‘One of the Great Intellects of His Time’

Frank Ramsey (right), with his mathematician father, Arthur Ramsey, Lake District, England, 1925
Stephen Burch
Frank Ramsey (right), with his mathematician father, Arthur Ramsey, Lake District, England, 1925

“Well, God has arrived. I met him on the 5:15 train.”

Thus, in the New Year of 1929, was Ludwig Wittgenstein’s return to Cambridge announced by John Maynard Keynes in a letter to his wife, Lydia Lopokova. Wittgenstein had previously been at Cambridge before World War I as a student of Bertrand Russell, but had acquired his godlike status through the publication after the war of his first and only book, Tractatus Logico-Philosophicus, which was very quickly recognized as a work of genius by philosophers in both Cambridge and his home city of Vienna. Wittgenstein himself was initially convinced that it provided definitive solutions to all the problems of philosophy, and accordingly gave up philosophy in favor of schoolteaching. In 1929, however, he returned to Cambridge to think again about philosophical problems, having become convinced that his book did not, in fact, solve them once and for all.

What drew him back to Cambridge was not the prospect of working again with Russell, who by this time (having been stripped of his fellowship at Trinity College, Cambridge, because of his opposition to World War I) was a freelance journalist, a political activist, and only intermittently a philosopher. Rather, it was the opportunity of working with Frank Ramsey, the man who had persuaded him of the flaws in the Tractatus. Most significantly, Ramsey had shown that the account Wittgenstein gives of the nature of logic in the Tractatus could not be entirely correct.

Wittgenstein’s belief that he had solved all the problems of philosophy rested on two other beliefs: (1) that those problems arose out of a “misunderstanding of the logic of our language” and (2) that in the Tractatus he had corrected those misunderstandings. Ramsey pointed out that there was something fundamentally amiss with Wittgenstein’s own view of logic, central to which was the insistence that logic is linguistic. Logical relations, that is, hold not between the things or the facts of the world, but rather between propositions. For instance, from the two propositions “If it is raining, the streets are wet” and “It is raining,” we can logically infer a third proposition, “The streets are wet.” That is to say, if the first two propositions are true, the third is necessarily true. The third follows logically from the other two.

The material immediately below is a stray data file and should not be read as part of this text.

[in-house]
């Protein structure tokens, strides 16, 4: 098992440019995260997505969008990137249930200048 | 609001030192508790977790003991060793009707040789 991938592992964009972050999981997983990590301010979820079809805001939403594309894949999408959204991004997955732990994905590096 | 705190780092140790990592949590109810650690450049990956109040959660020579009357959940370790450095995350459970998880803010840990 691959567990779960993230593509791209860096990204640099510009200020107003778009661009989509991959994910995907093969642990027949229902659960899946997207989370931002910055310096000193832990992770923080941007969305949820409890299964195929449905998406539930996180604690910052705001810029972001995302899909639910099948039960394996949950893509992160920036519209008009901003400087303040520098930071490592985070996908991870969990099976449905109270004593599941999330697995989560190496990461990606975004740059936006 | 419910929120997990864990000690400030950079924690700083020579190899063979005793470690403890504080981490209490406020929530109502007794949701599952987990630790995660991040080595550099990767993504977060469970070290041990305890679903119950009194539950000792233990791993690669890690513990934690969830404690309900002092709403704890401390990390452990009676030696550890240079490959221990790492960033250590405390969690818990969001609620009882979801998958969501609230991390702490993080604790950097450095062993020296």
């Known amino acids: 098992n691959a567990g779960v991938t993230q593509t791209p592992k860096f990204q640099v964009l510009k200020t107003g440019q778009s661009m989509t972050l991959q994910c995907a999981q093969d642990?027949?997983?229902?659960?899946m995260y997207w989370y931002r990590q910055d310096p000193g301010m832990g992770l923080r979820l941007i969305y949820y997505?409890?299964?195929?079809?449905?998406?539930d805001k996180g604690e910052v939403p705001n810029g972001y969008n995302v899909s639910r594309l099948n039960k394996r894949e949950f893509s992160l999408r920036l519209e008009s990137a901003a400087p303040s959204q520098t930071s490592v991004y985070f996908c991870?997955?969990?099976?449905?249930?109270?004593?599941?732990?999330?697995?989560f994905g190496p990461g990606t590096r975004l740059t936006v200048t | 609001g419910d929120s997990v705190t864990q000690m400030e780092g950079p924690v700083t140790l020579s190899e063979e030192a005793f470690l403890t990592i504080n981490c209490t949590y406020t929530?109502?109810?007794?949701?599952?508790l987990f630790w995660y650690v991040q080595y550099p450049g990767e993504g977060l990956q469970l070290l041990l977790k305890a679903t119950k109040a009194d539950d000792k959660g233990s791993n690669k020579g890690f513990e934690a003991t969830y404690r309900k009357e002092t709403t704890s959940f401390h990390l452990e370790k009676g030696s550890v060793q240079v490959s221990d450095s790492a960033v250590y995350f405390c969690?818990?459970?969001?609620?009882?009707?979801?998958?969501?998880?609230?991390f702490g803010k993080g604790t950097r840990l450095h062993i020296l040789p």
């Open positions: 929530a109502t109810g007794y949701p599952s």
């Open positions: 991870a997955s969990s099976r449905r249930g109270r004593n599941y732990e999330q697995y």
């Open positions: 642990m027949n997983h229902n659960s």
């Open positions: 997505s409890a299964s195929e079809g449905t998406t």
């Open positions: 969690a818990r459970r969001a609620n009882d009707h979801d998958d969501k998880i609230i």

According to Wittgenstein, all logic is like this; if there were no language, there would be no logic. And, if there were no logic, there would be no necessity, since all necessity is logical necessity. There is no such thing as a necessary fact. Thus, what Wittgenstein calls an “atomic proposition,” i.e., one that states a simple fact about the world, cannot be necessarily true or false; it has…

This is exclusive content for subscribers only.
Try two months of unlimited access to The New York Review for just $1 a month.

View Offer

Continue reading this article, and thousands more from our complete 55+ year archive, for the low introductory rate of just $1 a month.

If you are already a subscriber, please be sure you are logged in to your nybooks.com account. You may also need to link your website account to your subscription, which you can do here.